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KARE 11 Investigates wins prestigious duPont Award for 'The GAP'

The KARE 11 Investigates team was honored at the duPont-Columbia Awards ceremony Monday night in New York City.

GOLDEN VALLEY, Minn — Editor's note: Watch KARE 11 Investigates: The GAP Primetime Special above.

The KARE 11 Investigates team was honored by the 2023 Alfred I. duPont-Columbia University Awards Monday, taking home the prize for their reporting on the series, "The GAP: Failure to Treat, Failure to Protect." 

KARE 11 was announced as a finalist for the award in November, joining 29 other entries, including local outlets WXIA in Atlanta, WBRZ in Baton Rouge, WTVF in Nashville and KXAS in Dallas.

National organizations being recognized include PBS, ABC News, CNN, The Washington Post and others. CBS Evening News anchor and managing editor Norah O'Donnell presented the awards alongside co-anchor of PBS NewsHour Amna Nawaz.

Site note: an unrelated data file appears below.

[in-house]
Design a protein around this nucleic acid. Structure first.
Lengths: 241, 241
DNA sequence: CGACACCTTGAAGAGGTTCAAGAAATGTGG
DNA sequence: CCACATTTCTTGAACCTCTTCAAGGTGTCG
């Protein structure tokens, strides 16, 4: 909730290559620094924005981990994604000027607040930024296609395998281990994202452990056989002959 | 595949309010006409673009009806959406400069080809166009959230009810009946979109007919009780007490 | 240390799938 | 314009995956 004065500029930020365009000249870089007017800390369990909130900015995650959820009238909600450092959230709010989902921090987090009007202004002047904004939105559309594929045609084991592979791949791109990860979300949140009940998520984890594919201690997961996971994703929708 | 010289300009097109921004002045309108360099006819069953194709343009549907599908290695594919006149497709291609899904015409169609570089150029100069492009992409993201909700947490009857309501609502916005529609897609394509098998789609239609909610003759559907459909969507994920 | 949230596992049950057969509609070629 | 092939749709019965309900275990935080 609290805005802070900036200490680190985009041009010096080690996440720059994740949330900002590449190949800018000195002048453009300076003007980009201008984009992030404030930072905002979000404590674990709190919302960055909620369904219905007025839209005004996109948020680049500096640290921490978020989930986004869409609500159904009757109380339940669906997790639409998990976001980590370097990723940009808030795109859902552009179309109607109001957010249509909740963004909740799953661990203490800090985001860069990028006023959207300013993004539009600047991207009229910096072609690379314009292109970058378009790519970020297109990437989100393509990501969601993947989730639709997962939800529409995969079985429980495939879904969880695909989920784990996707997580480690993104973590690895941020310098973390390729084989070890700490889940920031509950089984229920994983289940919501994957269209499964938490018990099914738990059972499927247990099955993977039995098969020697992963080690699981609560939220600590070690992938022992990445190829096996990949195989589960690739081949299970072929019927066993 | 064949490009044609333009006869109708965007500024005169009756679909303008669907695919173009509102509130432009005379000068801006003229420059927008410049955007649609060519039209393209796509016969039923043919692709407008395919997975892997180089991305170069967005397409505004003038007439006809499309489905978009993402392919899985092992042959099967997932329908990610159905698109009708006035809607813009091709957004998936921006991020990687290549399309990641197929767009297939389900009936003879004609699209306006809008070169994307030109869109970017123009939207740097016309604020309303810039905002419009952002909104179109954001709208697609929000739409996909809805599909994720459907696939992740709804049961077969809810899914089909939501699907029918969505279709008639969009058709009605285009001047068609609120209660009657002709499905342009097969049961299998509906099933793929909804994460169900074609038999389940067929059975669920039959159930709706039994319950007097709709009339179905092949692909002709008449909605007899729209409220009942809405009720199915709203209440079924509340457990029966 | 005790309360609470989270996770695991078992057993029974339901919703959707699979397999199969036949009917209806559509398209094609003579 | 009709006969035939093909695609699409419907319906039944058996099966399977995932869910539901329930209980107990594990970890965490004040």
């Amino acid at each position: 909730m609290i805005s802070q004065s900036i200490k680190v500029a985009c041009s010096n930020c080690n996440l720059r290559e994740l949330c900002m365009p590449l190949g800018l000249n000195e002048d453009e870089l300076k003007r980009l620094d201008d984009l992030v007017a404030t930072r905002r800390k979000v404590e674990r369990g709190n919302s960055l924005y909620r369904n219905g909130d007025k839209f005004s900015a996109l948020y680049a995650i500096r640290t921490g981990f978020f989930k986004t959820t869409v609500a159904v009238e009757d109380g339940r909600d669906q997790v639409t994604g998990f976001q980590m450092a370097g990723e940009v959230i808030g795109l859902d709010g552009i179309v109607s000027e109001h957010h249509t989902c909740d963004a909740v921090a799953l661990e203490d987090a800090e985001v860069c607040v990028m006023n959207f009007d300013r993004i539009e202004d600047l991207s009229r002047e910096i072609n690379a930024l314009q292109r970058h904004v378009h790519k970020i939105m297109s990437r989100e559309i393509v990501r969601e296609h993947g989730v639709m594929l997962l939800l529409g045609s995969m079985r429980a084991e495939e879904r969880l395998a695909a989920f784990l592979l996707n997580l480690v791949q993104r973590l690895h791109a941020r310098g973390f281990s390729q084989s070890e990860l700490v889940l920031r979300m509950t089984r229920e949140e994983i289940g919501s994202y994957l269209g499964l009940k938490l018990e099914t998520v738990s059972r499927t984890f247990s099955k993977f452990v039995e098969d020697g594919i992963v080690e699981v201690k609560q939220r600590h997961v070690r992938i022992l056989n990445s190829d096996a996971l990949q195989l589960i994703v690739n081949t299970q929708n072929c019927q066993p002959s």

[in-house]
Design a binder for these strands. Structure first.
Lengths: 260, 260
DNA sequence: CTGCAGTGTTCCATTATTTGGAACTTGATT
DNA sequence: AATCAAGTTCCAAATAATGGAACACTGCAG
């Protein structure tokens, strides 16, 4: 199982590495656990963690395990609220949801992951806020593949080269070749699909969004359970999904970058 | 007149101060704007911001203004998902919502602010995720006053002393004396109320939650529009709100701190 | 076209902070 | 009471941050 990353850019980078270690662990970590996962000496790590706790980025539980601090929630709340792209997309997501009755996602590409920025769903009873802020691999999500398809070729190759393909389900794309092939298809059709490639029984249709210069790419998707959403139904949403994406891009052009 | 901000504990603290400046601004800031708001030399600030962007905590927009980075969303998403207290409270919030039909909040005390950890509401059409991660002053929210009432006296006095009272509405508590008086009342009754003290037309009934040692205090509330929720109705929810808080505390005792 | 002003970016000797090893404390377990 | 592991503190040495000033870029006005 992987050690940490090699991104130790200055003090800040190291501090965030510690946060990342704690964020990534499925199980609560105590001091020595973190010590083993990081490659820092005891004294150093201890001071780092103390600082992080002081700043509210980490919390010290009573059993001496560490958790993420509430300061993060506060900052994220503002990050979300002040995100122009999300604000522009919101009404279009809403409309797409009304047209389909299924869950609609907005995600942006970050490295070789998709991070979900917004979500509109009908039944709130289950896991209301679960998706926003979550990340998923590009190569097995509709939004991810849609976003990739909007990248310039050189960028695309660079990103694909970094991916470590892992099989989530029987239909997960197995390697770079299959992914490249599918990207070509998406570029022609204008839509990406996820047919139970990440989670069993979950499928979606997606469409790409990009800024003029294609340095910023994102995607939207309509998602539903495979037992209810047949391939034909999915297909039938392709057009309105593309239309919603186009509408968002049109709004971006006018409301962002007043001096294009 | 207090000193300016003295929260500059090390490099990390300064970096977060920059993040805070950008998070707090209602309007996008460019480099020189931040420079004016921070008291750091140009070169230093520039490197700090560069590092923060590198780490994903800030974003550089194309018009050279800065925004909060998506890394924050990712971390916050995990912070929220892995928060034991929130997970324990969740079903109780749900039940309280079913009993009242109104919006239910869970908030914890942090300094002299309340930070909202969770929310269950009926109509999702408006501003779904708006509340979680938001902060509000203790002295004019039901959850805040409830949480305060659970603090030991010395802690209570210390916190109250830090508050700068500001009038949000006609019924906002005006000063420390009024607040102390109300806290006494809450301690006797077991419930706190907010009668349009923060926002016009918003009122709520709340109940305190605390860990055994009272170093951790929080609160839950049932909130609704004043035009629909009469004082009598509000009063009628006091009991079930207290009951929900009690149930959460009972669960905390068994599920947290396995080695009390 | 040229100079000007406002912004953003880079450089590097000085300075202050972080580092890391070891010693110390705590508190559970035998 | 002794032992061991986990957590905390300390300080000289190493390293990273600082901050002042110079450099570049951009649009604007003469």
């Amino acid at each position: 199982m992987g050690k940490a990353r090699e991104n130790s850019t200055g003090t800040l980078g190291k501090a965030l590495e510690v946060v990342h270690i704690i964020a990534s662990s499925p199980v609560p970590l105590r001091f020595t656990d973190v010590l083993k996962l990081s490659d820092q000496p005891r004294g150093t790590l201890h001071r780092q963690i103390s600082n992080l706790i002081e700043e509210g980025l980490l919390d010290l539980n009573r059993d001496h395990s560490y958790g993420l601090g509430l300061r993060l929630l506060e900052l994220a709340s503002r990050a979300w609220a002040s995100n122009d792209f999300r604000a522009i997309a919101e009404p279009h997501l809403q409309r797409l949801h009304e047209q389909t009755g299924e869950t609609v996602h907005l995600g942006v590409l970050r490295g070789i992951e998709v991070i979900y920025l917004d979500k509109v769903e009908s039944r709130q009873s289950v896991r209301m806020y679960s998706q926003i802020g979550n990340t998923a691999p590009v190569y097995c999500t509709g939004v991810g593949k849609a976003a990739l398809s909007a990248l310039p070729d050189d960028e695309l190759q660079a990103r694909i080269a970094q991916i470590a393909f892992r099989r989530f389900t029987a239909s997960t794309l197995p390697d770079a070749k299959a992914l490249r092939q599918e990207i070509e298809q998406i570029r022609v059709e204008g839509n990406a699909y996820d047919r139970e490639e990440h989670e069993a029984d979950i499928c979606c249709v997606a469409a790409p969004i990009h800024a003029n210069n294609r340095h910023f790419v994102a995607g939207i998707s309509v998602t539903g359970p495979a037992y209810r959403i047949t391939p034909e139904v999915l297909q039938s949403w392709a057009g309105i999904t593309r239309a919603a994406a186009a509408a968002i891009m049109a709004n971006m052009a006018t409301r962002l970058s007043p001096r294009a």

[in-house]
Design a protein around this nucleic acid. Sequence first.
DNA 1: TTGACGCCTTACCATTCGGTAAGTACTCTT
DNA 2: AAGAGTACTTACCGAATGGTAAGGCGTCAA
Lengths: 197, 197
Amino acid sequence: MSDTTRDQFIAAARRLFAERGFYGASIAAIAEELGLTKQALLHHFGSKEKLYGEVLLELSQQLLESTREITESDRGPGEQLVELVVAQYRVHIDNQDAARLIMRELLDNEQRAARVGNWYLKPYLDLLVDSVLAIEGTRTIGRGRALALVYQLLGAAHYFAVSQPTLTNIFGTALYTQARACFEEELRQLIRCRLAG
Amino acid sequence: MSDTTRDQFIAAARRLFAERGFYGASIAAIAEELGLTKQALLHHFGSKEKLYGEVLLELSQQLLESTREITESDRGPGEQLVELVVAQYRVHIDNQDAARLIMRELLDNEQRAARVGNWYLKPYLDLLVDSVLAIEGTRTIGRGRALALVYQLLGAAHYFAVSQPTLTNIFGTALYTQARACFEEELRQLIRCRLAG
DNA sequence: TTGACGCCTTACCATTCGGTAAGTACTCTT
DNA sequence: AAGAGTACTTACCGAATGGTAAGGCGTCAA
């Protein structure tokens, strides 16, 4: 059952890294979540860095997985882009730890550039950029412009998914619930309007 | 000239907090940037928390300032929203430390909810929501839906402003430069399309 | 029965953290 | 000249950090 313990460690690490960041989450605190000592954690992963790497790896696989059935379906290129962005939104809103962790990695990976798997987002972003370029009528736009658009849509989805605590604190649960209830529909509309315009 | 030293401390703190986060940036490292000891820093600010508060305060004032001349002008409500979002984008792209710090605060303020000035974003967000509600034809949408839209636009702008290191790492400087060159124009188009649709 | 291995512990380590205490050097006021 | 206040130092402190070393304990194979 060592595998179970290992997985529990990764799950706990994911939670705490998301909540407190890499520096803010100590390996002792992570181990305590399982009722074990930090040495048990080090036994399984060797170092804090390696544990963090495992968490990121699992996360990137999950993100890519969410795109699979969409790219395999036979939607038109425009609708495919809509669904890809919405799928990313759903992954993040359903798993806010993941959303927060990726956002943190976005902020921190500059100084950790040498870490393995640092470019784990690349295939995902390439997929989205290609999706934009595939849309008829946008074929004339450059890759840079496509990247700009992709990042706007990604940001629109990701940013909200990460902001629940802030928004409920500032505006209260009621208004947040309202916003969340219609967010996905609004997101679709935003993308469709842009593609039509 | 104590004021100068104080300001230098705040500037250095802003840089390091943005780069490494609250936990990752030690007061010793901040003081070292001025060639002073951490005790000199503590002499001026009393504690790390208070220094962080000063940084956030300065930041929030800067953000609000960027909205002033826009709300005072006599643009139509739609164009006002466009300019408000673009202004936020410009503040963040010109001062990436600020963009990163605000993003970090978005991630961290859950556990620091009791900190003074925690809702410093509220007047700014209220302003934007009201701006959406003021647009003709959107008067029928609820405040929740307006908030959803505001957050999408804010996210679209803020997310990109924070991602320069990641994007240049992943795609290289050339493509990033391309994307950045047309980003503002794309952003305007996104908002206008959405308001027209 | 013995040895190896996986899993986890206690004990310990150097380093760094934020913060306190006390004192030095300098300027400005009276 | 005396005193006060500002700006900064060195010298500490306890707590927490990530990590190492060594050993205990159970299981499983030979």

"This compelling series of reports is the latest example of the quality journalism our community expects from KARE 11 Investigates," said KARE 11 President and General Manager Bill Dallman. "KARE 11 is tremendously proud 'The Gap: Failure to Treat, Failure to Protect' received national recognition and earned this prestigious award."

The year-long investigation, led by KARE 11 reporters A.J. Lagoe and Brandon Stahl, executive producer Steve Eckert, and photojournalists David Peterlinz, Ron Stover and Gary Knox, helped launch state-wide reforms by shining a light on systemic failures to treat people with mental illness and protect the public.  

A KARE 11 primetime special showed viewers the investigation from its beginning to end, starting with a deadly mass shooting at a Buffalo, Minnesota Allina Health Clinic and following it all the way to the state capitol. The report detailed fatal gaps in Minnesota’s mental health and legal systems that stretched far beyond Buffalo. KARE 11 explained how suspects charged with serious crimes – but found mentally incompetent to stand trial – too often go untreated and the public goes unprotected. 

According to Columbia University's Journalism School, the awards seek to honor "outstanding public service audio and visual reporting."

The KARE 11 Investigates team received the award at the duPont-Columbia Awards ceremony Monday night in New York City, which marked the first time in three years that the event was held in person.

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